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Ashfield to hear windmill rules ideas

ASHFIELD – After a year of studying the impact that windmills might have on the community, an advisory committee is recommending the town develop rules stricter than the state’s to minimize noise impacts.

This report – and two minority reports from within the Ashfield Wind Turbine Siting Bylaw Advisory Committee – will be presented at an informational public forum on Dec. 8, from 7 to 9 p.m. in the Town Hall.

The committee was appointed by the Selectboard in September 2010, after the town received a proposal from Clear Sky Energy LLC to install four to eight windmills up to 466 feet tall in the Ridge Hill area. While the Planning Board is working on developing a wind turbine siting bylaw for the town, the advisory board was to investigate several specific issues – especially concerns about noise.

Andrew Wells is chairman, and members include: Health Board Chairman Duncan Colter, Brian Clark, Ron Coler, Planning Board Chairman Michael Fitzgerald, Todd Olanyk, Anne Yuryan and adjunct member Walter Cudnohufsky.

The majority report finds noise issues to be of greatest concern, and recommends limiting the noise level of windmills to lower than what is recommended by the state.

The state Department of Environmental Protection noise regulations limit industrial and commercial sound sources, including wind turbines, to within 10 decibels of “ambient noise” (dBA) – which is the quietest noise level measured in decibels at that location.

But the advisory committee is recommending that Ashfield require any turbines sited within the town’s borders not to exceed 5 decibels above ambient noise.

The committee also recommends keeping turbine-produced noise levels to under 32.5 dBA for abutting properties that are not part of the wind turbine project.

The report says the state’s sound regulations are “inadequate.”

“While the majority of wind farms do not experience significant noise complaints, many, if not most of those in more settled areas do have significant problems, ” says the report. “There is evidence that this can be a significant public health problem and therefore needs to be addressed by the Board of Health as well as by any permit process that allows wind turbines above a certain size.”

The report also recommends a setback requirement of 3,400 feet – about six-tenths of a mile – from all “non-participating” abutting properties to the wind turbine, based on current turbine technologies. “If and when there are quieter turbines, tried and tested methods for predicting sound, and/or measurement methods for amplitude modulation, then this setback might be subject to change,” says the report.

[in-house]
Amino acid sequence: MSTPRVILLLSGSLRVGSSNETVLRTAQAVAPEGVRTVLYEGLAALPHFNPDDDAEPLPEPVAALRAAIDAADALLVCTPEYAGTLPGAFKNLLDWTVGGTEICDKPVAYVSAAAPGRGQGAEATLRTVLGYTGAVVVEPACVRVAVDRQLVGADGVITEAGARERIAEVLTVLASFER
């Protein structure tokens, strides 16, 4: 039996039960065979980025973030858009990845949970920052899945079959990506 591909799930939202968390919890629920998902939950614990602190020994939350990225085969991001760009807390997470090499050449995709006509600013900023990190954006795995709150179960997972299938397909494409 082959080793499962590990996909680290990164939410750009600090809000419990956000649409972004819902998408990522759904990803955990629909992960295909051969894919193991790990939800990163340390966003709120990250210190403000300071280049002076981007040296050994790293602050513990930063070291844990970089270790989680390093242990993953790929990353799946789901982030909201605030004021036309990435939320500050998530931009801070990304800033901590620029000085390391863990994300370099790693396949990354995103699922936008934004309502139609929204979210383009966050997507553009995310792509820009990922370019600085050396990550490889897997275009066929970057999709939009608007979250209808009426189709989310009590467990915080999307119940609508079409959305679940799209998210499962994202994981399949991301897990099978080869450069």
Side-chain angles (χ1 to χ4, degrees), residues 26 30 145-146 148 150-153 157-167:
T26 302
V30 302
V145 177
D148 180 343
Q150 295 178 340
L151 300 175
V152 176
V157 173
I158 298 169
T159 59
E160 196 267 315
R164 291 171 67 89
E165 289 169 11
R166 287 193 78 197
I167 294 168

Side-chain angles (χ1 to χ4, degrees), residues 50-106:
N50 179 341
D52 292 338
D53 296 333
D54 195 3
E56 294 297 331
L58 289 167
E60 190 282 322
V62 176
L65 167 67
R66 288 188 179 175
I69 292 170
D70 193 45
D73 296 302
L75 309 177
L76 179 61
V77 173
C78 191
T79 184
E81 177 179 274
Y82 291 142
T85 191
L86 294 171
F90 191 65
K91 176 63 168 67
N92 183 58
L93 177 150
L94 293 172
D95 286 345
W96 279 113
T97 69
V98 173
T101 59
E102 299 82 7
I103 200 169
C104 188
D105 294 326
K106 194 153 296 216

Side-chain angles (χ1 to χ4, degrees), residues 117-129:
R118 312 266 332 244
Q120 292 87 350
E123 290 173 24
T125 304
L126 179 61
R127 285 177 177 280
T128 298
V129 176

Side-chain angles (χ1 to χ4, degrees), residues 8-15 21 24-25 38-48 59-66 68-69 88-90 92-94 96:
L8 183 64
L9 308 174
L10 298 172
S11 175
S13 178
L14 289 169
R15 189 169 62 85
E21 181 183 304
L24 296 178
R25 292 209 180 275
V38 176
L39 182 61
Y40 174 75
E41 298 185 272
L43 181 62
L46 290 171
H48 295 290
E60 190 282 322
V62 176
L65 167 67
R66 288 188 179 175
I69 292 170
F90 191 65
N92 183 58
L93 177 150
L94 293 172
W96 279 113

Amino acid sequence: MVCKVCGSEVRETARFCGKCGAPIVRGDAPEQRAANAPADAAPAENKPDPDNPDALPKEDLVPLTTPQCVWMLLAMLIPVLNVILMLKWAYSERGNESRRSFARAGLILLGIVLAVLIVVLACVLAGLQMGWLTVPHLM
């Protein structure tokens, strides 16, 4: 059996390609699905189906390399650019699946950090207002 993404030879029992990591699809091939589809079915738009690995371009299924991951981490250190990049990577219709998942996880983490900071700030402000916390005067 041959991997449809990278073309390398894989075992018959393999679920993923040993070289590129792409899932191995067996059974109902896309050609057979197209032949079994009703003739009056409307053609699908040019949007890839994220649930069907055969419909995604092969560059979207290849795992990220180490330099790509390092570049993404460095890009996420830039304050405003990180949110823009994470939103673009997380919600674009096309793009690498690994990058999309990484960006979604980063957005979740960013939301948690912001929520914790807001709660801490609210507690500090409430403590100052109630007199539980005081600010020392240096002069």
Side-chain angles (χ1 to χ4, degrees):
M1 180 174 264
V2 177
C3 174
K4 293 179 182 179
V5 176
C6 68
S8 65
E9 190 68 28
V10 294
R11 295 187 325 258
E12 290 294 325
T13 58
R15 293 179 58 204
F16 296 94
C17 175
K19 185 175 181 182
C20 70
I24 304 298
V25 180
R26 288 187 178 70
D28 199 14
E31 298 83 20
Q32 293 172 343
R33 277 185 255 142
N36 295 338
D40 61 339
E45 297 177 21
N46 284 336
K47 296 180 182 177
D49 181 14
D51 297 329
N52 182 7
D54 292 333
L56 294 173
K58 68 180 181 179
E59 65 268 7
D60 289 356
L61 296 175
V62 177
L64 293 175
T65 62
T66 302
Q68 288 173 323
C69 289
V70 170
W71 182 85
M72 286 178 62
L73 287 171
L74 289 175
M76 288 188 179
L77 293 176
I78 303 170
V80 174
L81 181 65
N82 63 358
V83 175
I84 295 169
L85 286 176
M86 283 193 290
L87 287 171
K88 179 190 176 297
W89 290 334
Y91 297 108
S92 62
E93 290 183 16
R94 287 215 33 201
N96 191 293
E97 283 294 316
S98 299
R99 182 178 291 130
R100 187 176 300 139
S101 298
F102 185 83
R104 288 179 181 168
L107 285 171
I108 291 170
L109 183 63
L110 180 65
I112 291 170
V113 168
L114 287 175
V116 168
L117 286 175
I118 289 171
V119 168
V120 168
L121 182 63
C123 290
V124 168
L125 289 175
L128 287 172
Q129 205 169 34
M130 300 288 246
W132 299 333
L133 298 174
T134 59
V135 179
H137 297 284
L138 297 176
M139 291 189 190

The committee also recommends a setback of at least 1.5 times the overall height of tower and blade from any residence or public way, based on ice-throw data from melting ice on the turbine blades.

The group has been meeting every other week since November 2010 to put together its 42-page finding.

A minority report written by Colter, Clark and Fitzgerald says that sleep disturbance “is the only generally recognized significant exposure to health from large turbines,” but is an important issue. This is why the report recommends a sophisticated and comprehensive sound study with multiple noise thresholds, post-installation verification, a formal complaint resolution and enforcement actions.

However, this minority report says the proposed setback “is an arbitrary and seemingly prejudicial restriction.”

A second minority report by landscape architect Walter Cudnohufsky – endorsed by Wells – recommends a 1.25-mile setback from any residence.

Cudnohufsky said the 3,400-footsetback was a political compromise, “so that Ashfield does not ‘appear to be’ banning industrial wind. I do not believe it a legitimate issue for compromise, ” he wrote.

Recently, acoustic consultants Cavanaugh Tocci Associates took ambient sound measurements of Ridge Hill, where the Clear Sky wind project had been proposed last year, and measured base-level sounds from five homes within proximity.

The findings show very low base noise levels.

The study was commissioned by Green Berkshires Inc. a nonprofit environmental group. In a letter to Coler and Wells, Green Berkshires Inc. President Eleanor Tillinghast said the purpose was to “work with a nationally recognized, independent engineering firm to develop a baseline protocol” for environmental sound measurements in rural hilltown areas.

She said Ashfield was chosen because it’s a rural hilltown that “lies along a major transmission corridor” and is likely to be the site of at least one wind turbine facility.